While appreciating the language of Section 107(4)of the CGST Act, 2017, the Kerala High Court upheld the action of the Commissioner(first Respondent) in rejecting the appeal preferred by the Petitioner as time-barred.

"The Central Goods and Services Tax Act is a special statute and a self-contained code by itself, and Section 107 thereof is an inbuilt mechanism and has impliedly excluded the application of the Limitation Act," observed a Single Judge Bench of Justice C.S Dias.

Advocate Georgie Simon appeared on behalf of the Petitioner/Taxpayer, whereas Senior Government Pleader Thushara James appeared on behalf of the Respondent/Department.

The facts of the case are that the business of the Petitioner firm (Taxpayer) engaged in direct marketing, got affected and was prevented from filing the returns on time, due to the Covid-19 pandemic. This led to the cancellation of its GST registration. Even though the Petitioner approached the Commissioner, the appeal was rejected on the ground of delay. Hence, the Petitioner approached the High Court challenging such action of the Department.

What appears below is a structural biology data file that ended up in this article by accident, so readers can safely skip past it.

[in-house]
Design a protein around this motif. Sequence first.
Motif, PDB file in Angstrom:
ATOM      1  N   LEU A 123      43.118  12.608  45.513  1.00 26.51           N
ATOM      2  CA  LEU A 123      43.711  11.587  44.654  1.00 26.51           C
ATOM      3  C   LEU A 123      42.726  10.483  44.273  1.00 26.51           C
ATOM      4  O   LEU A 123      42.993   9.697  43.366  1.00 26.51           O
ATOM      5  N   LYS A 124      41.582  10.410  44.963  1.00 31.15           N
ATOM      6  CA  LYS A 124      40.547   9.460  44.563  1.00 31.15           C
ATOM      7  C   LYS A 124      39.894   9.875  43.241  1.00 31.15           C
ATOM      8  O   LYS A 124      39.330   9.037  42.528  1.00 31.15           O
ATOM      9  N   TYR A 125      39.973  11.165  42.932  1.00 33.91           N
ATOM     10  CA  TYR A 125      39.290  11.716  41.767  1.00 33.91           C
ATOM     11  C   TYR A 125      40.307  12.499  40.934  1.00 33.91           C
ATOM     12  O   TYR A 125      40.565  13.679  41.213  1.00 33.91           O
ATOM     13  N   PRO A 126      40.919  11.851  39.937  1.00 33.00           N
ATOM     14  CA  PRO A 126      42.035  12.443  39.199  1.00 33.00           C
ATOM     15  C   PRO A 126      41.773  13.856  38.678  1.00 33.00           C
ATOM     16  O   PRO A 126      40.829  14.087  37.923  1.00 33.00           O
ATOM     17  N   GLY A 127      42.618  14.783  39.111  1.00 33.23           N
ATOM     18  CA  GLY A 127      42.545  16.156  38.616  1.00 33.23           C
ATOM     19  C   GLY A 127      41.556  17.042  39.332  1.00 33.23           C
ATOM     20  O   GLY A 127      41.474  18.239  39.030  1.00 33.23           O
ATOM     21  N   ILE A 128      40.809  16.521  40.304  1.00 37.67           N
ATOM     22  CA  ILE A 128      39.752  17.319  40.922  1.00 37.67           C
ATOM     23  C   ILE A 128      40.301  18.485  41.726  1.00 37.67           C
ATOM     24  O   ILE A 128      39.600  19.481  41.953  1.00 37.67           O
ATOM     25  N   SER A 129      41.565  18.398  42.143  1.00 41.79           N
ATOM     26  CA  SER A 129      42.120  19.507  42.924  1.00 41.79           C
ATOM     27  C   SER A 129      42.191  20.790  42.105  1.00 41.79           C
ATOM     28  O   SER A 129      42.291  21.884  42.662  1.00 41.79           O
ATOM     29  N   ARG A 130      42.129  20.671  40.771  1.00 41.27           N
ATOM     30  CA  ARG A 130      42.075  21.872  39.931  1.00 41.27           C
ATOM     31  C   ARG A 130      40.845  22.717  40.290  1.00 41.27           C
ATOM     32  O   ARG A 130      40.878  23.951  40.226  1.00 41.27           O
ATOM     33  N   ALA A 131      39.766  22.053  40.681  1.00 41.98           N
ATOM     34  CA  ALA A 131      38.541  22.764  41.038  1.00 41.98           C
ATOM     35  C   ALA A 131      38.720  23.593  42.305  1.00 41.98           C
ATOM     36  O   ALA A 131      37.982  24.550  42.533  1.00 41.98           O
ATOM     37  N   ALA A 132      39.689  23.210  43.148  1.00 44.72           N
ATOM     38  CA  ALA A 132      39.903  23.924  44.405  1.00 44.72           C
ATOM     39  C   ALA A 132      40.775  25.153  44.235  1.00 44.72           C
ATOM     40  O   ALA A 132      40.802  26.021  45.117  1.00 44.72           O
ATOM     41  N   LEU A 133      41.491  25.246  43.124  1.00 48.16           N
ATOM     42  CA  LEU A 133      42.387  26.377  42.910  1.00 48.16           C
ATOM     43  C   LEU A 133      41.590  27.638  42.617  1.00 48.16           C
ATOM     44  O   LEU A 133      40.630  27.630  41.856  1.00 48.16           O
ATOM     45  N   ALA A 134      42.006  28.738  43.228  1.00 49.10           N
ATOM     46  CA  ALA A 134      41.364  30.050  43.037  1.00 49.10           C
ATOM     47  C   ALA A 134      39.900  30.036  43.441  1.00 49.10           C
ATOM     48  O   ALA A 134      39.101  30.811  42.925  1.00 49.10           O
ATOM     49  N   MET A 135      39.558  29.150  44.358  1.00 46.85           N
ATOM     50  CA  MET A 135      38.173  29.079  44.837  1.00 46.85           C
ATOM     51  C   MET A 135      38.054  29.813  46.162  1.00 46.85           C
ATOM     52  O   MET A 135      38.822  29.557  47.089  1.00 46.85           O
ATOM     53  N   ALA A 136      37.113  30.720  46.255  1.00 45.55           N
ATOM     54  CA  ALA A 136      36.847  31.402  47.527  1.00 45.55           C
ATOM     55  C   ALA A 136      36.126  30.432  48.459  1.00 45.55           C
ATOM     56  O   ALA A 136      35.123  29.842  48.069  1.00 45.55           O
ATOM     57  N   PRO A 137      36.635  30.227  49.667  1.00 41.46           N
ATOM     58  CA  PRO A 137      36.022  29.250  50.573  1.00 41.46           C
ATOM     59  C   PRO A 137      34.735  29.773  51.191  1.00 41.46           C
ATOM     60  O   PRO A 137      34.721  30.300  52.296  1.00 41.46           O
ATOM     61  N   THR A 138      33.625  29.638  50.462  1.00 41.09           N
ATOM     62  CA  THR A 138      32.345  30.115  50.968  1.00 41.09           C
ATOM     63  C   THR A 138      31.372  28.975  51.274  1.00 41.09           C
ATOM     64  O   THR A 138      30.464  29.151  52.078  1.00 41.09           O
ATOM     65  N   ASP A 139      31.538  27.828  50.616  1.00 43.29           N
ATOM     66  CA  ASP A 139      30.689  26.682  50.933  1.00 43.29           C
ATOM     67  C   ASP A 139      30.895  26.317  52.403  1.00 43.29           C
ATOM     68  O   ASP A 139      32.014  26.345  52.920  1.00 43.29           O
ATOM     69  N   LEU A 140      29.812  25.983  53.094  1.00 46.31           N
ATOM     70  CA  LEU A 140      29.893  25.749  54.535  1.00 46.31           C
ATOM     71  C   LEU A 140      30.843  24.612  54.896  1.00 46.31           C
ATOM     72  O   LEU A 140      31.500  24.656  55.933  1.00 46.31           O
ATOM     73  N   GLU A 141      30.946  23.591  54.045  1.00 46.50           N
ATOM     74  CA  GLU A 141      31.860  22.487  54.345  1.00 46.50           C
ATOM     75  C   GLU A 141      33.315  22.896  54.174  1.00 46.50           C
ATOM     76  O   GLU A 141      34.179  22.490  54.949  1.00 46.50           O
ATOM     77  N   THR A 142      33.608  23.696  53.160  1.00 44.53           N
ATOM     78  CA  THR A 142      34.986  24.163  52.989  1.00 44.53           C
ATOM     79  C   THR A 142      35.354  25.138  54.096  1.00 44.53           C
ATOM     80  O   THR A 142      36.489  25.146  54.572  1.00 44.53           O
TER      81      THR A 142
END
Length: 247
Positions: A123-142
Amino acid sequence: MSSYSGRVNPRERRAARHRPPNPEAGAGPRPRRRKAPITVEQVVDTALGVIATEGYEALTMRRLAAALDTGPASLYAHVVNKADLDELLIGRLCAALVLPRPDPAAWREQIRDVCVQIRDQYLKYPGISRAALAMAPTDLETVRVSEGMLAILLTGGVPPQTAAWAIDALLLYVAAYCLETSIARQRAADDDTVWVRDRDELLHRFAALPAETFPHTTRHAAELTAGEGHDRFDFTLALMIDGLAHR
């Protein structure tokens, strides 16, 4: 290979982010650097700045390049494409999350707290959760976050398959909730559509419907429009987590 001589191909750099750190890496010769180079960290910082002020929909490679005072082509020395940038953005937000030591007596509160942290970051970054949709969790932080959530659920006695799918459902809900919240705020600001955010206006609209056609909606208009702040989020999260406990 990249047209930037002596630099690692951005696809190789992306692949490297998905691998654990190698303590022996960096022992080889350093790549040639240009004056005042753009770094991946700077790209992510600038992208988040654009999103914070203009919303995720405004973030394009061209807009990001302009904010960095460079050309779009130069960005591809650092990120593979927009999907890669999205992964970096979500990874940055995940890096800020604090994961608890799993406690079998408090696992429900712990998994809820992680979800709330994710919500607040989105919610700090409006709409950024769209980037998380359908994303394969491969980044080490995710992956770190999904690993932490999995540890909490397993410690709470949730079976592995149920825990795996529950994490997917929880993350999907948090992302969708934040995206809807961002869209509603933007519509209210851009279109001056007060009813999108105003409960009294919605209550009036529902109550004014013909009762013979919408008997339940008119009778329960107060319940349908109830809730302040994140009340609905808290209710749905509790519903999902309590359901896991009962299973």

Finding that the Petitioner had preferred an appeal after two hundred and nine days of the cancellation of its GST registration, the Bench observed that the appeal is undoubtedly beyond the statutory period fixed under Section 107(4) of the CGST Act, 2017.

Highlighting that the provisions of a fiscal statute have to be strictly construed and interpreted, the Bench held that the Limitation Act will apply only if it is extended to the special statute.

Accordingly, the High Court dismissed the petition.

Cause Title: Penuel Nexus Pvt Ltd v. The Additional Commissioner Headquarters (Appeals), Ernakulam and Anr.

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